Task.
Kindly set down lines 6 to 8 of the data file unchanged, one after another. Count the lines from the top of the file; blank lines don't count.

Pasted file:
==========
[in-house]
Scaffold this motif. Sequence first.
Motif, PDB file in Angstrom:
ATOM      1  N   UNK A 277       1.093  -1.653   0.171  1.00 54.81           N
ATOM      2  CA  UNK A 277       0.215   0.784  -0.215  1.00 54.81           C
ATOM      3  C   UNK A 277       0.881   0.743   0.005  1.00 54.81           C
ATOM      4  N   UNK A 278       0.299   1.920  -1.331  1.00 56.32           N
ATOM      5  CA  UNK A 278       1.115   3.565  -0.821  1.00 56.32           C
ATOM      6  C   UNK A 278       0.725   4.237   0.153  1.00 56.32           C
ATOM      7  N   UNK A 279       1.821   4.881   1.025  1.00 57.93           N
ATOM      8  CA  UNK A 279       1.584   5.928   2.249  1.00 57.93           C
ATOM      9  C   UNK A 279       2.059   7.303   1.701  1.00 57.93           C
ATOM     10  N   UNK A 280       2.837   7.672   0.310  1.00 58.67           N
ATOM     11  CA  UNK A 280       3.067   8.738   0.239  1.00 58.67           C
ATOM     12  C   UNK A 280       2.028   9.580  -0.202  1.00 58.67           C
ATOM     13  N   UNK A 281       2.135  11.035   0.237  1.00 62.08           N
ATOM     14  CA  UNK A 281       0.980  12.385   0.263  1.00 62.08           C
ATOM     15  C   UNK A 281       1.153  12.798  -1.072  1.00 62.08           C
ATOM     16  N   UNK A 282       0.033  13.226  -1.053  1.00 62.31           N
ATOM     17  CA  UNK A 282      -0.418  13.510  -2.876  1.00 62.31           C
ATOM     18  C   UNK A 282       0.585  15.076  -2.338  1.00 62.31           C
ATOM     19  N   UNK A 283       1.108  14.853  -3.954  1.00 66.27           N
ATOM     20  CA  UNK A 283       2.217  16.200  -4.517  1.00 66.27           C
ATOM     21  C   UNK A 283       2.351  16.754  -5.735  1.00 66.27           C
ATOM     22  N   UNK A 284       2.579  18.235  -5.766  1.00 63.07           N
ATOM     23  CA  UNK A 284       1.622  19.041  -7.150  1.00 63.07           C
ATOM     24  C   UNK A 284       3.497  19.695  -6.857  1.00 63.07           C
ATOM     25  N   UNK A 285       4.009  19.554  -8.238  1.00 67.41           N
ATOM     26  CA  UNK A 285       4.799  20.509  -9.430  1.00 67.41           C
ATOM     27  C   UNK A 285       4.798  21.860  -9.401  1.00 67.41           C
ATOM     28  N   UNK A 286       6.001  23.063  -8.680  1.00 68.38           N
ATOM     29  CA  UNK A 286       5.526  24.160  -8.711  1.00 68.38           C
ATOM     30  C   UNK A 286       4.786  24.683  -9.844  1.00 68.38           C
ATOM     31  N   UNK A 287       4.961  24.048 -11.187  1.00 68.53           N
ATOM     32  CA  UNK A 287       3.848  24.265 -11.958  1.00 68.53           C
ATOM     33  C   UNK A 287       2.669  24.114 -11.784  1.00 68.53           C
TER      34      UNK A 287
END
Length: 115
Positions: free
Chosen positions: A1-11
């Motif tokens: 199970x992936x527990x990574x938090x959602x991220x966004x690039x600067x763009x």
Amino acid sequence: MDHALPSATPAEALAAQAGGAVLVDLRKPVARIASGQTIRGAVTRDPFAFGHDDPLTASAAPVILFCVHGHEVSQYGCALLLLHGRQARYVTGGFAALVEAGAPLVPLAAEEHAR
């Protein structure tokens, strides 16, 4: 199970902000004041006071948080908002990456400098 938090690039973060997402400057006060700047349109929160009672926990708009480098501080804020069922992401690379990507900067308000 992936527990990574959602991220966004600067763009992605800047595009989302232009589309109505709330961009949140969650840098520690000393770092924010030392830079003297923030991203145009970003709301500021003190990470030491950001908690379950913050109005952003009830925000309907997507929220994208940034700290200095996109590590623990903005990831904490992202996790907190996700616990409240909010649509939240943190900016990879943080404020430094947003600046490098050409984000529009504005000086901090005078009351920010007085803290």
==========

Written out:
ATOM      3  C   UNK A 277       0.881   0.743   0.005  1.00 54.81           C
ATOM      4  N   UNK A 278       0.299   1.920  -1.331  1.00 56.32           N
ATOM      5  CA  UNK A 278       1.115   3.565  -0.821  1.00 56.32           C